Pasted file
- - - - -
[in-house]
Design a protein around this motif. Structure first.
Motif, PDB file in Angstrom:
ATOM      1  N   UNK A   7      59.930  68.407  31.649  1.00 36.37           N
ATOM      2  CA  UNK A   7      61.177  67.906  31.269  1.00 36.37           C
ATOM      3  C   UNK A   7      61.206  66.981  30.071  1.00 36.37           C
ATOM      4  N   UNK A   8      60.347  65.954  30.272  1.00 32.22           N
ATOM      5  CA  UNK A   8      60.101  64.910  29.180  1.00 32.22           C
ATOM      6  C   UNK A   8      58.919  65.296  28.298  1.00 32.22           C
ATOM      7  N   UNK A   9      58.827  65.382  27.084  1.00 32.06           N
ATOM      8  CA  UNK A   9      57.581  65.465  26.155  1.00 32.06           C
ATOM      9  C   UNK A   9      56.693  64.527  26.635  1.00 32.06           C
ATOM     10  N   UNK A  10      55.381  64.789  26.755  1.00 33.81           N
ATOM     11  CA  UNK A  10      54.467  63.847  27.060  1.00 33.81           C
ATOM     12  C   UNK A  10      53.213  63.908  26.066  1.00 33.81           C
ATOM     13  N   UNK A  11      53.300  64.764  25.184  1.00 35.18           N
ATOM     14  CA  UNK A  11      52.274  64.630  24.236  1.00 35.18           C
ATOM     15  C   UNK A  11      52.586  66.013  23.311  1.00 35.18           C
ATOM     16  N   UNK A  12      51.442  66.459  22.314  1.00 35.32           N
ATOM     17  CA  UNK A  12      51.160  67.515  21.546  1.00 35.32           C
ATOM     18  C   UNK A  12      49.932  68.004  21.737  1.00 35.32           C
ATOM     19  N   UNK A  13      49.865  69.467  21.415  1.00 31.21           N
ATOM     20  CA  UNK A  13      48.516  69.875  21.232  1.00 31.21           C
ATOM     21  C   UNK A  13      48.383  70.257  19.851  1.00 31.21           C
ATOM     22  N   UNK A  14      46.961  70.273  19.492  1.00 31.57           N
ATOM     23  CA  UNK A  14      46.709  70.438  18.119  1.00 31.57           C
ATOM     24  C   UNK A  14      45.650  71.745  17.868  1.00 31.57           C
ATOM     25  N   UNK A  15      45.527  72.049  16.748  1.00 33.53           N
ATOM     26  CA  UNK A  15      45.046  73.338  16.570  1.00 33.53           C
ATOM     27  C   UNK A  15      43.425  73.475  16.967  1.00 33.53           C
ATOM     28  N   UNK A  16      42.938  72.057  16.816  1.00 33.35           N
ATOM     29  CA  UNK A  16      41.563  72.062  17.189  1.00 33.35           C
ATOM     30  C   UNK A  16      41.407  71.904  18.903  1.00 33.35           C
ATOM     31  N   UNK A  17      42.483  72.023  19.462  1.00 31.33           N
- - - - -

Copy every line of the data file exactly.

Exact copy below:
[in-house]
Design a protein around this motif. Structure first.
Motif, PDB file in Angstrom:
ATOM      1  N   UNK A   7      59.930  68.407  31.649  1.00 36.37           N
ATOM      2  CA  UNK A   7      61.177  67.906  31.269  1.00 36.37           C
ATOM      3  C   UNK A   7      61.206  66.981  30.071  1.00 36.37           C
ATOM      4  N   UNK A   8      60.347  65.954  30.272  1.00 32.22           N
ATOM      5  CA  UNK A   8      60.101  64.910  29.180  1.00 32.22           C
ATOM      6  C   UNK A   8      58.919  65.296  28.298  1.00 32.22           C
ATOM      7  N   UNK A   9      58.827  65.382  27.084  1.00 32.06           N
ATOM      8  CA  UNK A   9      57.581  65.465  26.155  1.00 32.06           C
ATOM      9  C   UNK A   9      56.693  64.527  26.635  1.00 32.06           C
ATOM     10  N   UNK A  10      55.381  64.789  26.755  1.00 33.81           N
ATOM     11  CA  UNK A  10      54.467  63.847  27.060  1.00 33.81           C
ATOM     12  C   UNK A  10      53.213  63.908  26.066  1.00 33.81           C
ATOM     13  N   UNK A  11      53.300  64.764  25.184  1.00 35.18           N
ATOM     14  CA  UNK A  11      52.274  64.630  24.236  1.00 35.18           C
ATOM     15  C   UNK A  11      52.586  66.013  23.311  1.00 35.18           C
ATOM     16  N   UNK A  12      51.442  66.459  22.314  1.00 35.32           N
ATOM     17  CA  UNK A  12      51.160  67.515  21.546  1.00 35.32           C
ATOM     18  C   UNK A  12      49.932  68.004  21.737  1.00 35.32           C
ATOM     19  N   UNK A  13      49.865  69.467  21.415  1.00 31.21           N
ATOM     20  CA  UNK A  13      48.516  69.875  21.232  1.00 31.21           C
ATOM     21  C   UNK A  13      48.383  70.257  19.851  1.00 31.21           C
ATOM     22  N   UNK A  14      46.961  70.273  19.492  1.00 31.57           N
ATOM     23  CA  UNK A  14      46.709  70.438  18.119  1.00 31.57           C
ATOM     24  C   UNK A  14      45.650  71.745  17.868  1.00 31.57           C
ATOM     25  N   UNK A  15      45.527  72.049  16.748  1.00 33.53           N
ATOM     26  CA  UNK A  15      45.046  73.338  16.570  1.00 33.53           C
ATOM     27  C   UNK A  15      43.425  73.475  16.967  1.00 33.53           C
ATOM     28  N   UNK A  16      42.938  72.057  16.816  1.00 33.35           N
ATOM     29  CA  UNK A  16      41.563  72.062  17.189  1.00 33.35           C
ATOM     30  C   UNK A  16      41.407  71.904  18.903  1.00 33.35           C
ATOM     31  N   UNK A  17      42.483  72.023  19.462  1.00 31.33           N